Consultations will take place in a private meeting room at the library at 9512 Evergreen Way. Those interested can reserve appointments online at epls.org/signmeup. But the first session this week has already been booked. Walk-ins are also accepted on a first-come, first-serve basis.

Clegg now has a wait list for the program.

Pak said she hopes to add attorneys to increase capacity.

Jake Goldstein-Street: 425-339-3439; jake.goldstein-street@heraldnet.com; Twitter: @GoldsteinStreet.

Talk to us

More in Local News

A family of four escaped a fire in their home's garage without injuries Saturday night in Brier. (South County Fire)
Brier family escapes harm after fire in garage

The two-story house in the 22800 block of Brier Road had an estimated $150,000 in damages, per South County Fire.

Snohomish County Sheriff Adam Fortney in a video decries an erosion of public safety and increase in brazen criminal behavior. (Screenshot)
Snohomish County sheriff, chorus of local leaders decry policing reforms

Criminals are getting more brazen, they said. In a video, they called for easing vehicle pursuit rules and stiffening drug laws.

Attorney Michael Andrews, left, and Kyle Brown listen to the judge's address Wednesday afternoon at the Snohomish County Superior Courthouse in Everett, Washington on September 21, 2022. (Kevin Clark / The Herald)
Marysville ex-youth minister gets community service for sexual assault

Kyle Brown, of Marysville, pleaded guilty to fourth-degree assault with a sexual motivation last month. In 2019, he was charged with molestation.

On Aug. 30, Everett police posted this photo to Facebook seeking tips about an alleged fatal hit-and-run. (Everett Police Department)
Woman arrested in hit-and-run death of Everett pedestrian

Patricia Oman, 80, was walking on Broadway when she was hit. She died four days later. The alleged driver was held on $100,000 bail.

A worker maneuvers a front-end loader around a gigantic pile of garbage Friday, April 29, 2022, at the Airport Road Recycling and Transfer Station in Everett, Washington. (Ryan Berry / The Herald)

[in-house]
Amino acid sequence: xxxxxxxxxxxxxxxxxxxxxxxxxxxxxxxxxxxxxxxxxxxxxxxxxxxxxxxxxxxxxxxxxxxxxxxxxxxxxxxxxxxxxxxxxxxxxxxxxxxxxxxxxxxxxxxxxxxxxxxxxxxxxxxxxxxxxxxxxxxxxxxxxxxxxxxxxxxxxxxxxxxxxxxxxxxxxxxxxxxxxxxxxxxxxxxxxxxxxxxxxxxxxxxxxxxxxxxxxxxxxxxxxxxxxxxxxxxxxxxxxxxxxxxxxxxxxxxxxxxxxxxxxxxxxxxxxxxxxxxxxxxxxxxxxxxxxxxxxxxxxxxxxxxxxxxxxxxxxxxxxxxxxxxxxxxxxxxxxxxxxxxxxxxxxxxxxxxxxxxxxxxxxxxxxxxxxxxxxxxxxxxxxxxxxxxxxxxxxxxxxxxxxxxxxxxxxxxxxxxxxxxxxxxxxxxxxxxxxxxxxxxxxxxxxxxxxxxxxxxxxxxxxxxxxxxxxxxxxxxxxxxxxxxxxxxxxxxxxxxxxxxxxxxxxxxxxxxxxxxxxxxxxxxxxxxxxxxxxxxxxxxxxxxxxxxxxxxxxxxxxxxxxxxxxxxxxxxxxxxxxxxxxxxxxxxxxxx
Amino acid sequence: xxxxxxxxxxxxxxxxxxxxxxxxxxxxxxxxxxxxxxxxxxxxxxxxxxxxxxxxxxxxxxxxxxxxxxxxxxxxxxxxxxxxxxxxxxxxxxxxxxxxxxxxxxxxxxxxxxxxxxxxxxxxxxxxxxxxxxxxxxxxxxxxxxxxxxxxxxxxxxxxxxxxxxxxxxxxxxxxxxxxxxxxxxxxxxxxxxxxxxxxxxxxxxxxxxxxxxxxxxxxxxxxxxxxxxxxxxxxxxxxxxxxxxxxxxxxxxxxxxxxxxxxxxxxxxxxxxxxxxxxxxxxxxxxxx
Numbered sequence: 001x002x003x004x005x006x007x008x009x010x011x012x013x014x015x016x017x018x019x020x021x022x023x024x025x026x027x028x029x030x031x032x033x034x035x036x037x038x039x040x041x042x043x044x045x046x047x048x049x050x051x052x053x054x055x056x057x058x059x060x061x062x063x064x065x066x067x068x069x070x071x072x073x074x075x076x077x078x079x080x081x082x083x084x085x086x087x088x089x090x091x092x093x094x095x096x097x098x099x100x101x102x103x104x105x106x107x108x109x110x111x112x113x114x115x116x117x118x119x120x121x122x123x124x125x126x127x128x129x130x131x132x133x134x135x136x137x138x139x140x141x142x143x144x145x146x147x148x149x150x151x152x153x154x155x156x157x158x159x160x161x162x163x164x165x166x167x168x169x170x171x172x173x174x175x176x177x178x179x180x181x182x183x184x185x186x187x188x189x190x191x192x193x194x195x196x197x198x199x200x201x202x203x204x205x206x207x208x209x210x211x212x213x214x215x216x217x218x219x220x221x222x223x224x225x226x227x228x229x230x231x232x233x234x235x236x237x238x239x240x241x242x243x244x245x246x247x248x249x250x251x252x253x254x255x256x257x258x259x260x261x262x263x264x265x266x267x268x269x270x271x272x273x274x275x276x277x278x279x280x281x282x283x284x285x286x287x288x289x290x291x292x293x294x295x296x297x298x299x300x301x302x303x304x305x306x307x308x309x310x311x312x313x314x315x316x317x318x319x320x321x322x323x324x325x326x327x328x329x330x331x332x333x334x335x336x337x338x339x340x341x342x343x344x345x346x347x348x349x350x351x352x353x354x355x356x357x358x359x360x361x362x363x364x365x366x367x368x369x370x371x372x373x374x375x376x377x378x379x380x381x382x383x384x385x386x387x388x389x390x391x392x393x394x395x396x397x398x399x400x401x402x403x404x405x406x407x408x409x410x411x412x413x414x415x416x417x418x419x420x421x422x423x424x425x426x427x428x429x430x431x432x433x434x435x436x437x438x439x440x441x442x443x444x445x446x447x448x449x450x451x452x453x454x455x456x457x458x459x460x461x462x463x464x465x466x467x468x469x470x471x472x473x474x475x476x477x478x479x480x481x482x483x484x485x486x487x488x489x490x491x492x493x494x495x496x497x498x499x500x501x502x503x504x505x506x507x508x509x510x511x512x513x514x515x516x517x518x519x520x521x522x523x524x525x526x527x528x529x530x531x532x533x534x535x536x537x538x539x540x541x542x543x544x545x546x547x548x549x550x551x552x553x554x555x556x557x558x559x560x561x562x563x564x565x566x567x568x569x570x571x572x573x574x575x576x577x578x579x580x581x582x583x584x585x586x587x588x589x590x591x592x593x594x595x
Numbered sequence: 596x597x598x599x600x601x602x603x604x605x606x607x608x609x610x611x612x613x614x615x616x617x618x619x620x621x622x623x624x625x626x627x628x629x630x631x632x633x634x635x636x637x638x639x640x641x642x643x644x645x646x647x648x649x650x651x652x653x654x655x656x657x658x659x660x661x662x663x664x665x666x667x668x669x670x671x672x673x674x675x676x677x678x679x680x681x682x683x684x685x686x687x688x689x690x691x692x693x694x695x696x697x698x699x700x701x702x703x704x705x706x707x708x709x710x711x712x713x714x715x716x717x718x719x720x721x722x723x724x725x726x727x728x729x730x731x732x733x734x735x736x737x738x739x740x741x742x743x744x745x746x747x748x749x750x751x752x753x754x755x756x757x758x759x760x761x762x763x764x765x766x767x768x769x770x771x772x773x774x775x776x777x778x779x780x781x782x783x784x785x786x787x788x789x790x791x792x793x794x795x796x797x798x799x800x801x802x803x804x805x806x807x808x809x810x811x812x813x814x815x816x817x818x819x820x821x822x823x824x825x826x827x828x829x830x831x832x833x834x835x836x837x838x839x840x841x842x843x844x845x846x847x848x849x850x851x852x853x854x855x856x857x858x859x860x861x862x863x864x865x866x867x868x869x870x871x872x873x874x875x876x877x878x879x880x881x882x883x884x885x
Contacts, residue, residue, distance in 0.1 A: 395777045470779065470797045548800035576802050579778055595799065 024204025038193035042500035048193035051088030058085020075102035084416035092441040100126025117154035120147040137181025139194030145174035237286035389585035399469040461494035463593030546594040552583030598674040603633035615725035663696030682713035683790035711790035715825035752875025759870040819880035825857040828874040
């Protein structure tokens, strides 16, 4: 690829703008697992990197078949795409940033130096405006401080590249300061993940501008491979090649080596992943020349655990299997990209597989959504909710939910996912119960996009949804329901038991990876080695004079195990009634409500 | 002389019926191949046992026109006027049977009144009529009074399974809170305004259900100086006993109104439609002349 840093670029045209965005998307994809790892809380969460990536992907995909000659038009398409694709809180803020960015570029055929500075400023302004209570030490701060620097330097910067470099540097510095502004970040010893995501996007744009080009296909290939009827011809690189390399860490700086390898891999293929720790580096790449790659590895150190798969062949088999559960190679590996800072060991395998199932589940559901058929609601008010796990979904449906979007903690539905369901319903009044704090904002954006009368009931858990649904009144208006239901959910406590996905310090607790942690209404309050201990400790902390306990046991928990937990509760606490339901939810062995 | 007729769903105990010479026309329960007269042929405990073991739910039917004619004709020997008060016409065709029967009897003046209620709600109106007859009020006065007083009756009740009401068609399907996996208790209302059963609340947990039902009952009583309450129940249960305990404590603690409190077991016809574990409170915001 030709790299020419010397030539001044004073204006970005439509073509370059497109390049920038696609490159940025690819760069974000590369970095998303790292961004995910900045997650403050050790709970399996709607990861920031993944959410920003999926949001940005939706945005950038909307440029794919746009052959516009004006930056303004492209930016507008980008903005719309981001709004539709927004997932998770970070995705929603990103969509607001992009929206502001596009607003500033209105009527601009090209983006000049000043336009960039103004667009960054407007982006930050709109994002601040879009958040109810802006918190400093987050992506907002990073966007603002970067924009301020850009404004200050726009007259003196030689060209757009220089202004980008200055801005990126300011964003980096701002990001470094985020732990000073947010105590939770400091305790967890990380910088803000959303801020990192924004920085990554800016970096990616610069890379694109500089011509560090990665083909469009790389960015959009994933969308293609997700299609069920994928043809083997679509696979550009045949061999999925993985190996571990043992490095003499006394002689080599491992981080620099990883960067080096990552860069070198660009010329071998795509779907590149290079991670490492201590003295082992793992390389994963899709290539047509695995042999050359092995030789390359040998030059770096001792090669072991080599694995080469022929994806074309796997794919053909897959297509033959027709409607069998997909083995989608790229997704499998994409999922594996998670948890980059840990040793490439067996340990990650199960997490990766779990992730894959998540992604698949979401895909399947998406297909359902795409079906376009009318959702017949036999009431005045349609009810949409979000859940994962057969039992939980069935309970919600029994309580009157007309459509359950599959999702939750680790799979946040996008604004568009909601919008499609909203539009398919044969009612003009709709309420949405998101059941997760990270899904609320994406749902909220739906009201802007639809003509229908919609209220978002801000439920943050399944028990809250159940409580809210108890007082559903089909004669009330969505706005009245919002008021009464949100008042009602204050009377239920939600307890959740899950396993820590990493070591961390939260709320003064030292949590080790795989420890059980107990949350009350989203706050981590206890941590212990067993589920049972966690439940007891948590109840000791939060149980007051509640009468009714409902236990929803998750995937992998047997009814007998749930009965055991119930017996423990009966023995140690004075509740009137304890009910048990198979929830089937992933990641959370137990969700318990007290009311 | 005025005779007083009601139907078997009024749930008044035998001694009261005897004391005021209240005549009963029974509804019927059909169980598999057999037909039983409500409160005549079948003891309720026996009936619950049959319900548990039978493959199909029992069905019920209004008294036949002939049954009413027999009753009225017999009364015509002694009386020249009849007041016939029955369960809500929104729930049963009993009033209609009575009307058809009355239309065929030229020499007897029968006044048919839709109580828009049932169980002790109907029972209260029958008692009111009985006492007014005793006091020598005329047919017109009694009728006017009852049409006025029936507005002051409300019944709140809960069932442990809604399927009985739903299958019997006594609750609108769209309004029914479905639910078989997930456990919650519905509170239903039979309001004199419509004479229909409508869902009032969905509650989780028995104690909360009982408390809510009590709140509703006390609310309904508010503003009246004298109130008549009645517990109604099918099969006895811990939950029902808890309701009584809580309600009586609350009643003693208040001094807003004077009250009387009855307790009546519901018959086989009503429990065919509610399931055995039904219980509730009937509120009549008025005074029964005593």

As trash piles shrink, Snohomish County cancels Sunday closures

Transfer stations and drop boxes will be open for regular hours. But a ban on dropping off yard debris is still in effect.

Amber Weaver, who has worked at the Lakewood Crossing Starbucks for 5 years, with her daughter Melody, outside of her workplace on Thursday, Sept. 22, 2022 in Marysville, Washington. (Olivia Vanni / The Herald)
Complaint accuses Starbucks of anti-union threats in Marysville

Meanwhile, a mother of two said Thursday that Starbucks refused to accommodate her schedule when she returned from maternity leave.

An aerial view of the proposed site for the Faith Family Village Project pallet homes for families on Tuesday, March 8, 2022 in Everett, Washington. (Olivia Vanni / The Herald)
New Pallet shelter village for 8 families gets permit in Everett

Faith Family Village will house and provide services for 90 days, through city and federal funding.

Crews from Washington State Department of Transportation continue to clear debris from U.S. 2 earlier this week. (Inciweb)
U.S. 2 to reopen Monday as Bolt Creek wildfire calms

The move comes two weeks after the fire north of Skykomish prompted the highway to close.

(Snohomish County)
County executive lays out blueprint for $85M in federal relief

Dave Somers wants to use one-time pandemic aid on housing, child care and behavioral health in Snohomish County.

Most Read